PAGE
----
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Randy Orton Could Surprise Us All and Dominate The New Era

For a long time, WWE programming had been devastated by a relentless flow of injuries. Numerous big-name Superstars (and promising guys like Neville and Kidd) faced long-term recovery periods; rather than relying on the remains of the roster to fill the gaps, the company attacked the injury problem from two different angles.

First, it relied upon the power of nostalgia. The Rock and Shane McMahon joined part-time stalwarts like Lesnar, Triple H, Jericho, and The Undertaker in an effort to fill the stadium for WrestleMania. While I cannot speak to their direct impact on ticket sales, this crew of sentimental favorites laced up their boots, and the show did go on. It was a bandage solution.

Second, the company called upon new talent from NXT, like Charlotte, Becky, Sasha, Corbin, Enzo and Cass. Adding depth to the ranks, they also called upon “new to WWE” talent, such as Zayn, Styles, Gallows and Anderson, who arrived fully-formed with impressive credentials. This was a more forward-thinking solution, christened The New Era.

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The New Era is a promise, a vow to give these fresh faces a prominent position on the WWE landscape. But it’s also branding. It’s hype. And it sets the stage for what could be a spectacular return from injury…one that hasn’t happened yet. Cesaro came back to a thrilling IC Title picture. Rollins came back with a free pass to the main event. And Cena came back to a face a fellow franchise player. These were all big, ready-made moments that made sense.

But one guy has been flying under the radar while he recovers, enjoying the privacy afforded him by the miraculous healing powers of Cesaro, Rollins, and Cena. This guy doesn’t have a story waiting for him, and he doesn’t care about miracles or surprises…unless you count his signature finisher, best delivered in stealth mode.

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Randy Orton is that guy, and no one would expect him to care much about The New Era. I want him to turn those expectations to his advantage. Because when Randy Orton cares about what he’s doing, he is amazing.

In his debut, Orton relied on his name when second-generation was still a novelty. It didn’t take much for him to realize success. Cocky and entitled, women swooned at his sneer, and men applauded his failure to give a crap. Orton’s temper should have been a handicap to his career, but instead it gave legitimacy to his villainous persona. His wrestling style ranged from bland (infuriating!) to ferocious (exhilarating!), depending on his mood. But Orton often demonstrated the difference between “not caring” and “not enough effort”. When he wasn’t motivated, his matches suffered. Every time he settled in with a reverse chinlock, I’d worry about growing visibly older before the match was over. And at this stage of his career, it would be easy for Orton to reverse chinlock the big paycheques until he’s done.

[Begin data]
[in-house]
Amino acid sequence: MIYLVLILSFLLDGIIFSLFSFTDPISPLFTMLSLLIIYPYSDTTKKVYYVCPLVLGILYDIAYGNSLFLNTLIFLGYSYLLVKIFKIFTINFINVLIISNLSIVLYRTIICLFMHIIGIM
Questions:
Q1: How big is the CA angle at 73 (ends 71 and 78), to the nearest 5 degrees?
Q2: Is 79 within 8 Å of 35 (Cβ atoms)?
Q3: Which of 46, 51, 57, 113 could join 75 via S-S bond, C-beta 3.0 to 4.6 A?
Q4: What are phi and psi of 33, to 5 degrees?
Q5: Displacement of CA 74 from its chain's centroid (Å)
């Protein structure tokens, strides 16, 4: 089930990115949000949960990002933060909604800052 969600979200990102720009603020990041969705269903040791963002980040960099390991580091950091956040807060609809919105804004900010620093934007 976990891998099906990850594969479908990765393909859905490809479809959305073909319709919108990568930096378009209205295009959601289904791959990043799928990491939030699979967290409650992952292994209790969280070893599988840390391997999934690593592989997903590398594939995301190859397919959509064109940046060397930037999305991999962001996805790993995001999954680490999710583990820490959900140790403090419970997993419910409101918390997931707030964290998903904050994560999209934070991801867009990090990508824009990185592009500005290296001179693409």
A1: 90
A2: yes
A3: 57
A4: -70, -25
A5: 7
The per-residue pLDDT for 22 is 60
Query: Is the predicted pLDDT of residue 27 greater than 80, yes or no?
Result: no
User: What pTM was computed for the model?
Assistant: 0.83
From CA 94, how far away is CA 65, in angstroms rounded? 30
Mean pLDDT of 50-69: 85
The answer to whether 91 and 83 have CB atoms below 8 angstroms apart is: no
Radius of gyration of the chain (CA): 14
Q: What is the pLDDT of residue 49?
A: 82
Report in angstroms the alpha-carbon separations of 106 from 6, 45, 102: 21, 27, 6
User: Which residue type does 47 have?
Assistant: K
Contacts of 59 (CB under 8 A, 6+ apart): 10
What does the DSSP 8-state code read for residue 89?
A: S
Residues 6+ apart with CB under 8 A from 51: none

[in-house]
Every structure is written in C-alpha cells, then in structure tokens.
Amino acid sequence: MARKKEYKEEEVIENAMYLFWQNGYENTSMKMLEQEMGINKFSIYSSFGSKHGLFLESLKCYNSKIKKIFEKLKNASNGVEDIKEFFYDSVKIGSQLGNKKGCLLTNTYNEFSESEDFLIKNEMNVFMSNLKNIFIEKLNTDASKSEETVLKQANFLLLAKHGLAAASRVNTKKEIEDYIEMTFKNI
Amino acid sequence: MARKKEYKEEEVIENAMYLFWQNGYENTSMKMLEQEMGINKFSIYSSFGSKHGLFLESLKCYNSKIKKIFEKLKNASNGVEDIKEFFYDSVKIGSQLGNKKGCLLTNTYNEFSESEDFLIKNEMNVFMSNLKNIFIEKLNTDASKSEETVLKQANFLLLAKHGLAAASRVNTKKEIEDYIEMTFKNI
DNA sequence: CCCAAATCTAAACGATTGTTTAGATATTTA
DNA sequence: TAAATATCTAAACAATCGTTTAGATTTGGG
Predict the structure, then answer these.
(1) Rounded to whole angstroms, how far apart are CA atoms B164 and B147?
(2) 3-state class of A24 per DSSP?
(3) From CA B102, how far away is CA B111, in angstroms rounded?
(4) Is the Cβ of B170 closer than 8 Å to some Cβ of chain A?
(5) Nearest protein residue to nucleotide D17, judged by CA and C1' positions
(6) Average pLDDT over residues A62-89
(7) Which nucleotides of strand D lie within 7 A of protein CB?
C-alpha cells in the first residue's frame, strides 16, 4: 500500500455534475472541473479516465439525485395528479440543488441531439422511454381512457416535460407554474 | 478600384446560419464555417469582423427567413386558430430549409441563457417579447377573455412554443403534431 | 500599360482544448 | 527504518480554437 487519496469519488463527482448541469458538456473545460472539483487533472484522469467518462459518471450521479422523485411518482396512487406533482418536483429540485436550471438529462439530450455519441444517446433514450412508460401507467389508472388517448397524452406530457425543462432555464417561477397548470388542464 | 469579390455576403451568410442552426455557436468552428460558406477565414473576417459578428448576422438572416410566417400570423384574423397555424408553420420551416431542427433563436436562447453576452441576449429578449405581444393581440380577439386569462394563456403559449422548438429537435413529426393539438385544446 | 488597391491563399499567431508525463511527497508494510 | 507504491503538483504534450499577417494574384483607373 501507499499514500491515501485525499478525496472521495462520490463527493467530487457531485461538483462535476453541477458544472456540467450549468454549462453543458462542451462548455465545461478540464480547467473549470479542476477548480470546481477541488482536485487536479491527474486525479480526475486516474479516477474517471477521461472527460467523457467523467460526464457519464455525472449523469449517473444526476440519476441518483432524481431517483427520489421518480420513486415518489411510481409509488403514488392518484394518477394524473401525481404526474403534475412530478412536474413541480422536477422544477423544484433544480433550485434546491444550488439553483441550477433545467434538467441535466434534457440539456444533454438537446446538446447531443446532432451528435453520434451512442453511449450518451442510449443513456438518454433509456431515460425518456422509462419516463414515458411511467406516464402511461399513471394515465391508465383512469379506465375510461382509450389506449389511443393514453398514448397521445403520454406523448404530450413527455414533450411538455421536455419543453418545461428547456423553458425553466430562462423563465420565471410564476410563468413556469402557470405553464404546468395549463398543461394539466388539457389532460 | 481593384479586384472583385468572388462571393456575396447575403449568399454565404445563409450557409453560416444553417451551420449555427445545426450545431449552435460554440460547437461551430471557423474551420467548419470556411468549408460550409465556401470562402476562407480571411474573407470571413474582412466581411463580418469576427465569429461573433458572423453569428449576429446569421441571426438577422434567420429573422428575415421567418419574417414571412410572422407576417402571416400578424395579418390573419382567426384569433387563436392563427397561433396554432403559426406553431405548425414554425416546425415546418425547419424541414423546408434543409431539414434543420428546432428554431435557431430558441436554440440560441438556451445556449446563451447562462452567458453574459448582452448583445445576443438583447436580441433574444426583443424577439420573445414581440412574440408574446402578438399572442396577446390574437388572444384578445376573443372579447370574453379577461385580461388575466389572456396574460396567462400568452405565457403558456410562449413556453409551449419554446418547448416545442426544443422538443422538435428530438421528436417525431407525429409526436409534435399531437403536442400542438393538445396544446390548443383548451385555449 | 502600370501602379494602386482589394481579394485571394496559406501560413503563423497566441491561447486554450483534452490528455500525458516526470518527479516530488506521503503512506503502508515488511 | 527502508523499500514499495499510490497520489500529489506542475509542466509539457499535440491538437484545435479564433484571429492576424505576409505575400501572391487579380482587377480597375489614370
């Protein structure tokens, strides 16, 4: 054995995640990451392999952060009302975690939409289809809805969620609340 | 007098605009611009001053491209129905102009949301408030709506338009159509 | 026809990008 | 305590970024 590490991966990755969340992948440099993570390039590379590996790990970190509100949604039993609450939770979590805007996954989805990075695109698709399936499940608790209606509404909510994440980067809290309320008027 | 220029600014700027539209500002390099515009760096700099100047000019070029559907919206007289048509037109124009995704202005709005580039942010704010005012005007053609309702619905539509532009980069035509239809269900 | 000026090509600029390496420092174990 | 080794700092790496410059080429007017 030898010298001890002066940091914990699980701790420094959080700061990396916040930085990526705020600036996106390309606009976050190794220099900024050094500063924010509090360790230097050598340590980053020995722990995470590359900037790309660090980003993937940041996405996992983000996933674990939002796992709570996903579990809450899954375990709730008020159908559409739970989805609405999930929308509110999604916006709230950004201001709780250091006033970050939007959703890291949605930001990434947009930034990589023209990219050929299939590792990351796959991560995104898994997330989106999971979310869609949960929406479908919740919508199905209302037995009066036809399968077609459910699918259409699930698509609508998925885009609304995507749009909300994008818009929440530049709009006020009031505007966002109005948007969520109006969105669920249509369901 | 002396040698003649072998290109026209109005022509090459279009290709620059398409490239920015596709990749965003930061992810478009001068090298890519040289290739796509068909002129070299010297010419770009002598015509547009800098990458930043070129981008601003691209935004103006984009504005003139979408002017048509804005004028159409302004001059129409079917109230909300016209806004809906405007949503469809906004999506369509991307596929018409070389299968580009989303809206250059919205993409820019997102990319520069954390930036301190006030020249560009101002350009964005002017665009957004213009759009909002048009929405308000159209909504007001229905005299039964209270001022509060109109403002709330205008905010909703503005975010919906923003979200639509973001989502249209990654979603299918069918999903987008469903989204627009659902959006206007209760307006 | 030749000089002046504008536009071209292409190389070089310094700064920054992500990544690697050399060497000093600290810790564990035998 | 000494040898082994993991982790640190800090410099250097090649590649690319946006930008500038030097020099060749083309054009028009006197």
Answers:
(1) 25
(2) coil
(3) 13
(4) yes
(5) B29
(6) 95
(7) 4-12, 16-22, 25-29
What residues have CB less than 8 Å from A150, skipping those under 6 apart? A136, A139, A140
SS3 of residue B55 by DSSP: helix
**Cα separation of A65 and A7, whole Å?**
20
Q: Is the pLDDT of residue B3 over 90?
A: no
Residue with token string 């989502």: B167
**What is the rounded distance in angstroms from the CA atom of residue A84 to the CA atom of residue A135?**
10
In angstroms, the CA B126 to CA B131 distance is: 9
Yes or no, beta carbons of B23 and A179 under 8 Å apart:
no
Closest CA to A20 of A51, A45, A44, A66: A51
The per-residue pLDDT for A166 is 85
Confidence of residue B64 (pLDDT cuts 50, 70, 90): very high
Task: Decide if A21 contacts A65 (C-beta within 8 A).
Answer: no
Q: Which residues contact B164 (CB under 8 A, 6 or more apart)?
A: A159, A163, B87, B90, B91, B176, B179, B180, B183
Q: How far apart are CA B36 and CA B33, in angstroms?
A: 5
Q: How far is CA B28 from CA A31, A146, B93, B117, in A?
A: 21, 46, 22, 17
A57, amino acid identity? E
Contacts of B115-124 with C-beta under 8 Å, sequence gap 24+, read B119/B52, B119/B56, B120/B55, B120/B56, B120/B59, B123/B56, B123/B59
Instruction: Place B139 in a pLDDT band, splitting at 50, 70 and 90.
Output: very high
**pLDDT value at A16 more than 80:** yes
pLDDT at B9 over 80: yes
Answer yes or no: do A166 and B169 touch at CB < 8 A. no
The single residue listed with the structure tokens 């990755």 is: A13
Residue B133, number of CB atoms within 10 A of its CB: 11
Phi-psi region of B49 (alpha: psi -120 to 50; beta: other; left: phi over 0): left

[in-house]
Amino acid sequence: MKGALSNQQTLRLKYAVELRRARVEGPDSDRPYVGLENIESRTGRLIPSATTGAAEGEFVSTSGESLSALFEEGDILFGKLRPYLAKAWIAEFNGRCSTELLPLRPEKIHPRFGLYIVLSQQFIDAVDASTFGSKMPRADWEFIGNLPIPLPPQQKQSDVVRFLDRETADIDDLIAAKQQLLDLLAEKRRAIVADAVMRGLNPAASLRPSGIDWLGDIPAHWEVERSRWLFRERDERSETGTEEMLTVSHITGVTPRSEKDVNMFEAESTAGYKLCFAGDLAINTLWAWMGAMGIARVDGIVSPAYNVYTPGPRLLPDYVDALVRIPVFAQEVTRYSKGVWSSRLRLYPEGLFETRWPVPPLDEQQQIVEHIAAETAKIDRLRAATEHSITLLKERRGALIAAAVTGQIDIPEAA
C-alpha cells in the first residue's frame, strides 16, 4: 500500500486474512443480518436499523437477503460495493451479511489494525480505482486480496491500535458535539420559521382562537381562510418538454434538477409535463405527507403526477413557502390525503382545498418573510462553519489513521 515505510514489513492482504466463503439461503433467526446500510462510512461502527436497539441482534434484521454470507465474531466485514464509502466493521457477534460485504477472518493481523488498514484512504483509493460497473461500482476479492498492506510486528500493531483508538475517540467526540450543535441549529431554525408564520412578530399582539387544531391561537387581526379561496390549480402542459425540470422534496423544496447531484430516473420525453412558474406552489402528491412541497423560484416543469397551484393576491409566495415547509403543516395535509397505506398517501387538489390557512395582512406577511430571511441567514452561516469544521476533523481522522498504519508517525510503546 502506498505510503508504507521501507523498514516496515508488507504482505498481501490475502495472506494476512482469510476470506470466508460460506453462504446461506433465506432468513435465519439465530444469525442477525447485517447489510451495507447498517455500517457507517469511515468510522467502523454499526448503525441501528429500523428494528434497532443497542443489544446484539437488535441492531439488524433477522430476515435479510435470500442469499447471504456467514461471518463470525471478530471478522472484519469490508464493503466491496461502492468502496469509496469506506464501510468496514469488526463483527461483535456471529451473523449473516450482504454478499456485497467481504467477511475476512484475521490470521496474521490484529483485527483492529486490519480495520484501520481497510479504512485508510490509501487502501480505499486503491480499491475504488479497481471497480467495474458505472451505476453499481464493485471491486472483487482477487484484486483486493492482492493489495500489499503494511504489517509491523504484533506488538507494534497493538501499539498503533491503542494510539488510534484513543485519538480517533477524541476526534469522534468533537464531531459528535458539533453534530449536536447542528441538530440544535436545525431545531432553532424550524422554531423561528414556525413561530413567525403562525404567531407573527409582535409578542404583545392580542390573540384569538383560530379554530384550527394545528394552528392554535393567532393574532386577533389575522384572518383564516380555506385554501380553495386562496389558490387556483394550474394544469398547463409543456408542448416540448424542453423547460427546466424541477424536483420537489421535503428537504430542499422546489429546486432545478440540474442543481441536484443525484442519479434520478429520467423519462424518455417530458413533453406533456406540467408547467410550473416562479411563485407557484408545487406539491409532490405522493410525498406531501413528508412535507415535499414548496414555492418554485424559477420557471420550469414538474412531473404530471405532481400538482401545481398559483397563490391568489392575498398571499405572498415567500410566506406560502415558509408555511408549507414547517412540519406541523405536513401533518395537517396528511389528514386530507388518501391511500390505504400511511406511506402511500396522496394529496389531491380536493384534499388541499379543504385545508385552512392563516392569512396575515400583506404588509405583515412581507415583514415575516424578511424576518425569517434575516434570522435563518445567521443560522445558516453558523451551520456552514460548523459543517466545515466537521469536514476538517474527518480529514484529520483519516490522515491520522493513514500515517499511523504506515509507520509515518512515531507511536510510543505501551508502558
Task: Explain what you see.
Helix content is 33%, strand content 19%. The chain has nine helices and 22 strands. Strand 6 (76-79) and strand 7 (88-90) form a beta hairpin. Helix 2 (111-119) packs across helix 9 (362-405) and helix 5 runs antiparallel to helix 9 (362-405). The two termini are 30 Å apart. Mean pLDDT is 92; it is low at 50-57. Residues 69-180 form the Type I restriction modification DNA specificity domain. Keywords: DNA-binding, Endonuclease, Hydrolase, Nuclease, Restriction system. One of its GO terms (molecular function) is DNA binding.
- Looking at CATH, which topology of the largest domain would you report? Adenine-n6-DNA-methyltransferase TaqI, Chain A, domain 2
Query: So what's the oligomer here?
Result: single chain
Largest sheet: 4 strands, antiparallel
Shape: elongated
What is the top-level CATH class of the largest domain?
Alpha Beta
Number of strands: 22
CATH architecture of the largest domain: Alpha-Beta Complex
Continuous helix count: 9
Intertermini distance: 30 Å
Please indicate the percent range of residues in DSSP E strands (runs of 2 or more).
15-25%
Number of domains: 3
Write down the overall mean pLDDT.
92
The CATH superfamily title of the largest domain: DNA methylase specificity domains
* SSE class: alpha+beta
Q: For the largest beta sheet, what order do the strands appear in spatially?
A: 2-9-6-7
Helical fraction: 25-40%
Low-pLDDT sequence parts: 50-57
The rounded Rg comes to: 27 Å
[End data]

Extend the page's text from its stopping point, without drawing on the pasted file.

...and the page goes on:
The company needs to tap into what makes Randy Orton CARE, and The New Era concept gives them the opportunity to do just that. There is no way Orton can come back from this injury with the traditional twinkle of the rehabilitated: Orton needs to come back MAD. He’s been gone since October, which in wrestling years is a very long time. Here is what makes Randy Orton ready to dominate the New Era:

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His Seniority.

It doesn’t seem that long ago that Orton’s moniker was the Legend Killer. He was the young upstart, but 12 years later he can now call himself a legend. The New Era finds Orton in a sweet spot: old enough to claim he’s a legend, but young enough to hang with the next generation who will step up to challenge him. Think about the brilliant video packages they can put together to elevate Orton to that legendary status. They can have Shawn Michaels, Mick Foley, and The Undertaker talk about Orton’s accomplishments. Then you balance out that seniority with his Cool Factor. It was an even shorter time ago that “RKO Out of Nowhere” entered the mainstream vernacular. Suddenly, Orton was being spliced into hilariously improbable scenarios to deliver his finisher. Why? Because he’s only gotten better at delivering RKO’s in the ring. His experience gives him credibility, and it’s not bragging if you can still back it up.